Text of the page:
Stephen Soderbergh takes Full Frontal into the stratosphere with Solaris, a prolonged grief-counseling session with a minimalist sci-fi backdrop. Psychologist Chris Kelvin (George Clooney) is sent to the Solaris space station after the ship’s commander reports strange happenings on board. After shooting the shit with the rambling Snow (an insufferable Jeremy Davies), Chris takes a nap only to discover his dead wife, Rheya (Natascha McElhone), spooning him when he wakes up. And death shall have no dominion. Except on Solaris, that is. Kooky captain Helen Gordon (Viola Davis) watches the proceedings from the sidelines, vomiting the film’s subtext. No doubt as a result of fatigue and stress, Chris allows Rheya to nip at his heels. If the ship itself is the personification of Chris’s troubled psyche then the celestial body outside is some metaphysical realm between actuality and transcendence. Solaris traces Chris’s repeated attempts to abort Rheya’s memory and, ultimately, cope with the implications of her nagging presence. Rheya makes for a curiously self-aware fabrication. Though she seems to fascinatingly exist outside Chris’s imagination, her ability to flashback and recall how she once aborted a child serves only to further the plot along and add layers to Chris’s grief session. Soderbergh successfully sustains the level of etherealness throughout but to what effect? Solaris is burdened by an overly facile Psych 101 discourse that’s every bit as heavy and pretentious as his purposefully inscrutable Full Frontal. Imagine if you will Soderbergh stoned out of his mind trying to make a connecting flight at Miami International Airport with a Dylan Thomas book in one hand and a static electric generator in the other. The suits at Fox are understandably shitting a few bricks over this one. Clooney’s ass will guarantee hefty opening numbers before audiences give Solaris the good ol’ Eyes Wide Shut treatment.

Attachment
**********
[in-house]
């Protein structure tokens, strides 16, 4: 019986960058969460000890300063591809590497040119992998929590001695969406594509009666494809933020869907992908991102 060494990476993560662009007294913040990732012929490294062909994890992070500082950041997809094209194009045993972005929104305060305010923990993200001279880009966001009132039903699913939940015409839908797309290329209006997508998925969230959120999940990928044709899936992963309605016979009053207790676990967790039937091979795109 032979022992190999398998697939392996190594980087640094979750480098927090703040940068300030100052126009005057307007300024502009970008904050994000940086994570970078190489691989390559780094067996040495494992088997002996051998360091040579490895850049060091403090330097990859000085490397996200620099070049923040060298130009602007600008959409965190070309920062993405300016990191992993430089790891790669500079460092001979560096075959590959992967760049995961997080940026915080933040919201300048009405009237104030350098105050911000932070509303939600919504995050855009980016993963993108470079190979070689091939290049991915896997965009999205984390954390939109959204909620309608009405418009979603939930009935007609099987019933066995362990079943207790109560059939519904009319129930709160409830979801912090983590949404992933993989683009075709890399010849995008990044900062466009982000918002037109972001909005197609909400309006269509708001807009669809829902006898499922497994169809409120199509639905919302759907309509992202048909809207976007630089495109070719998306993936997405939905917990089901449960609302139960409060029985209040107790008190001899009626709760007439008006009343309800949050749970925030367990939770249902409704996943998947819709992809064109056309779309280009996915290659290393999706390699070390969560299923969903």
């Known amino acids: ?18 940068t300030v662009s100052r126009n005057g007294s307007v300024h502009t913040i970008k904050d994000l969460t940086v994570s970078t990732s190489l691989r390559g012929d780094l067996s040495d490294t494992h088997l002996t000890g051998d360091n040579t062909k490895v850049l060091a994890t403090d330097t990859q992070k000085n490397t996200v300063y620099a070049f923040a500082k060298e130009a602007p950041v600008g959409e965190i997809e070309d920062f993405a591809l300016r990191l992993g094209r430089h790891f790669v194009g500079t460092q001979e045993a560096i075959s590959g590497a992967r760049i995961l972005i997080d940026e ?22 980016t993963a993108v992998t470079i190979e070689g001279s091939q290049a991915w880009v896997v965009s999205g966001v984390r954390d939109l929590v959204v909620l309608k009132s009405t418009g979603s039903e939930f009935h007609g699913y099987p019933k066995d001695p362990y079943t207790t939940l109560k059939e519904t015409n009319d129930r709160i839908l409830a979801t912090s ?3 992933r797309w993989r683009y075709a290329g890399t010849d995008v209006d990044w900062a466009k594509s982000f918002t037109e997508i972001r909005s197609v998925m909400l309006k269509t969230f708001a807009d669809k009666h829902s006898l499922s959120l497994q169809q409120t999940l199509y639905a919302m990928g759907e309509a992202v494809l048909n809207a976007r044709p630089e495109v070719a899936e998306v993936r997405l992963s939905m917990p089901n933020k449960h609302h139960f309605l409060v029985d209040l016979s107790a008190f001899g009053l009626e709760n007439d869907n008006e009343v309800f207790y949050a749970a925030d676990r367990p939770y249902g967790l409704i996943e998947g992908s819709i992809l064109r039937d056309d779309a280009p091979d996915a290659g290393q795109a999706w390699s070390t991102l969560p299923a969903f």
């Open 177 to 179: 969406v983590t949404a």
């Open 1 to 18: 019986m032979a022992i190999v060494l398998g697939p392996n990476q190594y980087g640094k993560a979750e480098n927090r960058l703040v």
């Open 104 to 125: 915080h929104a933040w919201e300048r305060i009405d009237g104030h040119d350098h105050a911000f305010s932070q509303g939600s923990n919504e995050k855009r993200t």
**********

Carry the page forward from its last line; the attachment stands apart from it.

- Stephen Soderbergh
- Stephen Soderbergh
- George Clooney, Natascha McElhone, Jeremy Davies, Viola Davis, Ulrich Tukur, Morgan Rusler
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